Perceived Control and the Effects of Crowding and Consumer Choice on the Service Experience
Perceived control is proposed to be a crucial variable in mediating the consumer's emotional and behavioral responses to the physical environment and the contact personnel that constitute the service encounter. Results of an experimental test of this proposition confirm the importance of perceived control in mediating the effects of two situational features of the encounter--consumer density (the number of consumers that are present in a service setting) and consumer choice (whether it is a person's own decision to enter into, and stay in, a service situation)--on the pleasantness of the service experience and the consumer's approach-avoidance responses to the service encounter. Copyright 1991 by the University of Chicago.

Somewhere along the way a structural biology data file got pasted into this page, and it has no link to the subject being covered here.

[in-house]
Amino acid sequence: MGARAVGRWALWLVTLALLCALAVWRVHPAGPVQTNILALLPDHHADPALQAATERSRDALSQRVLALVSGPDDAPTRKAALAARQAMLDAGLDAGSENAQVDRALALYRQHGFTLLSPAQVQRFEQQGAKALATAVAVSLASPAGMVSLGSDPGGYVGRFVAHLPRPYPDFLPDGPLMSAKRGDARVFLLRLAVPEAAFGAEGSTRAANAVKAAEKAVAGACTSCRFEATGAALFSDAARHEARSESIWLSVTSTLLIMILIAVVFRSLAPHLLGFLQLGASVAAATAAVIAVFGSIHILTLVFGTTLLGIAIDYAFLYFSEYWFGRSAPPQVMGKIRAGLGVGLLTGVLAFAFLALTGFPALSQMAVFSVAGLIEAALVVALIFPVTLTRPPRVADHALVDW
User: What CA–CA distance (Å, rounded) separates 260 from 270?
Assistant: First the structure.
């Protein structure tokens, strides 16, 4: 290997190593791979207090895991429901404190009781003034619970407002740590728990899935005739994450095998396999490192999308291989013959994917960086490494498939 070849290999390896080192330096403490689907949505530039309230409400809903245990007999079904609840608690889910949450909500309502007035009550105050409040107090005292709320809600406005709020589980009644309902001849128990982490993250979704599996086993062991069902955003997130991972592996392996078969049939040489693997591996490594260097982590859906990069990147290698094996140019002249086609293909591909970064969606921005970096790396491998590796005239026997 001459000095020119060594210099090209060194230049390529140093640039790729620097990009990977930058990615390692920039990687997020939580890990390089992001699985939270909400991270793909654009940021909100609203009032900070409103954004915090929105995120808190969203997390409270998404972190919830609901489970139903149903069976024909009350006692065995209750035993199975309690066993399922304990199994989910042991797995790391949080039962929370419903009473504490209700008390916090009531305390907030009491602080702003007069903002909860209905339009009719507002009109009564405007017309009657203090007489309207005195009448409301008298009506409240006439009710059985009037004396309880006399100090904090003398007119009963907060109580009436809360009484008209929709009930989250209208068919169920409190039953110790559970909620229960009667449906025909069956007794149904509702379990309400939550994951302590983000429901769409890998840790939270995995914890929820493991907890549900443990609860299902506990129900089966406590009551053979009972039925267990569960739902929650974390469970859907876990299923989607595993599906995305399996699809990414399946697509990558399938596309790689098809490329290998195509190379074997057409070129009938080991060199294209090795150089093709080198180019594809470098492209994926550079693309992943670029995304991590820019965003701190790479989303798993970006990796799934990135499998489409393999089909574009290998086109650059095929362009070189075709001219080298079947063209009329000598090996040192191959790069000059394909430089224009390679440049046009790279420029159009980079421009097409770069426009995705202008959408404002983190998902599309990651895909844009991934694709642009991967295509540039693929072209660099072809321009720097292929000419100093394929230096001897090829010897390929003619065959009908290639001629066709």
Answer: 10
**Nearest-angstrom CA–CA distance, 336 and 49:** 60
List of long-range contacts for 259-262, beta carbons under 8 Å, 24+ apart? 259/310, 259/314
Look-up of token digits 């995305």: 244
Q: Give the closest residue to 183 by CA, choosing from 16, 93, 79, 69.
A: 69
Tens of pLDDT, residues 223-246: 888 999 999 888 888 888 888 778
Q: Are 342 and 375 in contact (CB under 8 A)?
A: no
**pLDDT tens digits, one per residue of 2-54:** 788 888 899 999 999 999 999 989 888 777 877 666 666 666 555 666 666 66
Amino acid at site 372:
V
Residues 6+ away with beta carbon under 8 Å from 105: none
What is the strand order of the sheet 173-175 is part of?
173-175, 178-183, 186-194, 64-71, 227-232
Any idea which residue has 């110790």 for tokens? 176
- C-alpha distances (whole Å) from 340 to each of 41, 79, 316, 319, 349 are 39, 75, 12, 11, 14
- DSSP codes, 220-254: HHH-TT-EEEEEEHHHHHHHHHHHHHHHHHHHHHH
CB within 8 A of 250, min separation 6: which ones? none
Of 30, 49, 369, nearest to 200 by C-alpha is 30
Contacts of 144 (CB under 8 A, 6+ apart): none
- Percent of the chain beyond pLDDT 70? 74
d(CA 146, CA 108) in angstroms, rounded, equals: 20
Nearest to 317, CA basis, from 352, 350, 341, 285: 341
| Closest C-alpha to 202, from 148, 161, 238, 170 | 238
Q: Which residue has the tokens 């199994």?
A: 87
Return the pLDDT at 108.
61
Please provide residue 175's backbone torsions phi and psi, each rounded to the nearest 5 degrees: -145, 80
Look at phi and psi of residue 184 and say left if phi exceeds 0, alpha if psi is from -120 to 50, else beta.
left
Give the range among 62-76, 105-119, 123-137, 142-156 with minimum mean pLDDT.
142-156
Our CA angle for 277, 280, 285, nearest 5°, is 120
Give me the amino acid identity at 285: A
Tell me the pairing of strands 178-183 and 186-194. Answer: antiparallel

To our knowledge, this item is not available for
download. To find whether it is available, there are three
1. Check below under "Related research" whether another version of this item is available online.
2. Check on the provider's web page whether it is in fact available.
3. Perform a search for a similarly titled item that would be available.
When requesting a correction, please mention this item's handle: RePEc:ucp:jconrs:v:18:y:1991:i:2:p:174-84. See general information about how to correct material in RePEc.
For technical questions regarding this item, or to correct its authors, title, abstract, bibliographic or download information, contact: (Journals Division)
If references are entirely missing, you can add them using this form.